10 Things I Wish I Knew Before We Registered for our Wedding

by - Friday, April 06, 2018

10 Things I wish we know before we registered for our wedding

This month is all about weddings, and you can find lots of great advice on planning weddings, but the wedding registry doesn't get too much attention- it is one check on the neverending to do list. And who really wants to focus on it anyway? It feels really selfish to spend too much time fixated on what is basically a giant wish list. You find a list and get it done. Easy, right? Not too much to think about, and you can focus on things that are more fun and creative.

 I know I look back on our registry and have some regrets on how we went about it. Starting tomorrow, I will re-post my Eco-friendly and Made in America Wedding Registry this month, but here are a few of the lessons I wish I had learned before our wedding:

1. You aren't as Clueless as you think you are

 I remember clinging to those lists you can get at Bed, Bath, and Beyond or on Pinterest because I felt like we didn't know what we needed. It feels intimidating and rather grown-up, like something you can mess up. You can't really.

Those lists, mostly provided by people who want to sell as much as possible, define lots of things as "needs" when they aren't really even wants.

 It's ok to take all of those lists with a grain of salt and temper them with family advice and your own sense. There are stores in marriage, so if you decide you need a turkey roaster later, you can still buy one.

2. Sets make no Sense

 Knife sets, pan sets, most sets; they all give you stuff you don't need or won't use. You are better off to register for individual items. Get the knives you want/ need, and a knife holder like this gorgeous one or this shabby chic one. It creates smaller but better quality items that people can afford instead of big honking sets that either no one is going to splurge on or is cheap and won't last long. Think of place settings- a bunch of gifters can collaborate to gift you a full set.

3. Pick a Wide Variety of Price Points

 Don't register for anything crazy and do more smaller items than big ones. I have attended so many more weddings since we got married, and the trick is always finding the right combo of things to get close to the budget we set. Most people won't go big, so think about how you can break the big stuff into smaller parts (perfect option? Split up your silverware)

4. Get Things to Keep Forever

It can be easy to register for things that make sense for the moment, but won't last all that long. Other than non-stick pans, your wedding gifts should last for as long as your marriage! Heard of the Buy it Once movement? It's like that, except you register for it once and never have to buy it. You can spend your money other ways. Register for things made in America by trustworthy companies. Better to get one well-made spatula that lasts ten years than a set of junky ones that last two.

Easy rule of thumb? Stay away from plastic. The material lasts for many years, but its usefulness doesn't. Stick to glass and metal. This will save you money and be better for the Earth.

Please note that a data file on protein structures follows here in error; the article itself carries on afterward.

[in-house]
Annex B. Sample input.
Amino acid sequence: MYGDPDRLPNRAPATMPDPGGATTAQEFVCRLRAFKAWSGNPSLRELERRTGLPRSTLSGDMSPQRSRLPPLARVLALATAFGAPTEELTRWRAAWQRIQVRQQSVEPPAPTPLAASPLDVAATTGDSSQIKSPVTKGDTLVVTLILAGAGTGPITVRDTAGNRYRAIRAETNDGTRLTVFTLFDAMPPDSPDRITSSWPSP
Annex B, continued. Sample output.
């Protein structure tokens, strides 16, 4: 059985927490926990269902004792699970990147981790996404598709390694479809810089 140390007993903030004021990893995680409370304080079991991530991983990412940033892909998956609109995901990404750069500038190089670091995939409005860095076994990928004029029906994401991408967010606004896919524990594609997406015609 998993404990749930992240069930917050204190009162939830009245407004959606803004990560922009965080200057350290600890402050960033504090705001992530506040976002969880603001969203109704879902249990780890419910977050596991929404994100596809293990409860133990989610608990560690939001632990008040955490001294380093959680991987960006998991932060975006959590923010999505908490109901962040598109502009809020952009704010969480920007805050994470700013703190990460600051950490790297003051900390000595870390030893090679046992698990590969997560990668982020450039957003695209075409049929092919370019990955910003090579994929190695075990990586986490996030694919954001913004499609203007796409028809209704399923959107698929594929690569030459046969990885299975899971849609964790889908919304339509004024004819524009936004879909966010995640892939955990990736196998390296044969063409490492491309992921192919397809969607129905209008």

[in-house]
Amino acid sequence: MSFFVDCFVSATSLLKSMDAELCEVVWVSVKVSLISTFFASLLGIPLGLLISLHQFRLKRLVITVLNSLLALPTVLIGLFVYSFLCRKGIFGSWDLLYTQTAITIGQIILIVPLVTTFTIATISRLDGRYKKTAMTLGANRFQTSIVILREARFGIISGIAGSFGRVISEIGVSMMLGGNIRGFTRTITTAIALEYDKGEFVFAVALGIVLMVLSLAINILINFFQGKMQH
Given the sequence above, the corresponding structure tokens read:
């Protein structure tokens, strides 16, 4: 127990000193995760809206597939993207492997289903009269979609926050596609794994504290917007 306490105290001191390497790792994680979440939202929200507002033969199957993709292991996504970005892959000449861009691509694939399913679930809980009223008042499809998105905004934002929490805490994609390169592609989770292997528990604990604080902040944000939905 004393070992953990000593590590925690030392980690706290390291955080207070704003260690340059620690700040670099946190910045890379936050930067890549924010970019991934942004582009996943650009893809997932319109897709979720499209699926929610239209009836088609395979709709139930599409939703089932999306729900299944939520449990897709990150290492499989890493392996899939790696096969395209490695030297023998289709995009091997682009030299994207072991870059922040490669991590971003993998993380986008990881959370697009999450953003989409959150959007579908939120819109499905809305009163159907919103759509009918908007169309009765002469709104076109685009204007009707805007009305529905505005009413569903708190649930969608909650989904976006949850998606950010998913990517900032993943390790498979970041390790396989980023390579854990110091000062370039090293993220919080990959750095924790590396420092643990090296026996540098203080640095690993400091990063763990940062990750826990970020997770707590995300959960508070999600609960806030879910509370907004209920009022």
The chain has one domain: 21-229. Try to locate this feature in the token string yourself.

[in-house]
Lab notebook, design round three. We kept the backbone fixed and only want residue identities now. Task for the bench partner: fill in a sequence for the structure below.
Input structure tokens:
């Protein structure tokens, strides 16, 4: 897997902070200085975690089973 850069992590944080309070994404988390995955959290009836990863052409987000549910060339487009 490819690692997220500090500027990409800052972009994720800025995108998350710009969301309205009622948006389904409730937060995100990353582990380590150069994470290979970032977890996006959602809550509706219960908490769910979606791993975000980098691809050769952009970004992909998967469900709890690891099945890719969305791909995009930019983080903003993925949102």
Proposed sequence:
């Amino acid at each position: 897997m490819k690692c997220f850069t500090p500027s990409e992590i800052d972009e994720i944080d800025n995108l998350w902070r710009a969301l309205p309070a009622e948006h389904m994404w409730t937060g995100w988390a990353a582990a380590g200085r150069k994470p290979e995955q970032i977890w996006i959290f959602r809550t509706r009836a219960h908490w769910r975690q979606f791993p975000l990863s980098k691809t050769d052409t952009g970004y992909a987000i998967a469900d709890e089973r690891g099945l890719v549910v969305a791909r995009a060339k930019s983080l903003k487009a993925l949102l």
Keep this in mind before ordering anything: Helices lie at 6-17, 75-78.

5. Don't think you need it? Then, You Don't

Every year another study comes out that shows American have way too much stuff (300,000 objects in the average American home) and it is making us stressed and miserable. Do your life and marriage a favor and remember stuff= stress. It does not make you happy, it gives you more to move and clean.

One of the most conscientious things we can do for our future and our Earth is to buy what we need, and nothing more. You need not prepare for the contingency that you become completely different people in the future. If you do, there will be stores there too. If you never bake, you probably don't need a Kitchenaid mixer. If you never host the Dowager Countess, maybe china isn't for you (most of us have heirloom china in our future anyway). You know your life.

6. Don't Replace What Still Works

 We registered for a lot of things we already had and which worked just fine- that is crazypants. You are only going to get so many gifts, why waste them on stuff you already have?

 When they first did this whole wedding registry thing, a wedding was the literal beginning of adulthood, and people moved out of their parents' homes, so they needed everything. Things don't look much like that now; most of us have long lived out of our parents' houses (often with each other) before we marry. So the first real step is taking stock of what you already have and making a list of what you need or you need to replace. So, you can reconsider the whole list based on what is on it's last leg, not just register for a toaster because that's what you do. Your toaster is fine, friend.

from Shannybeebo

7. Step Out of the Regular Registry Box

 Yes, Crate and Barrel, Target, Bed Bath and Beyond, we see you. Consider registering somewhere like Etsy, where you can get cool (and vintage) stuff that you would treasure forever. You will not treasure that plastic clock from Target, but register for a cool clock from Etsy, and it might grace your kitchen walls when you make your 40th Thanksgiving dinner together. They have great measuring cups, blankets, and all sorts of things on there. And they have their own registry now, so you can do this easily.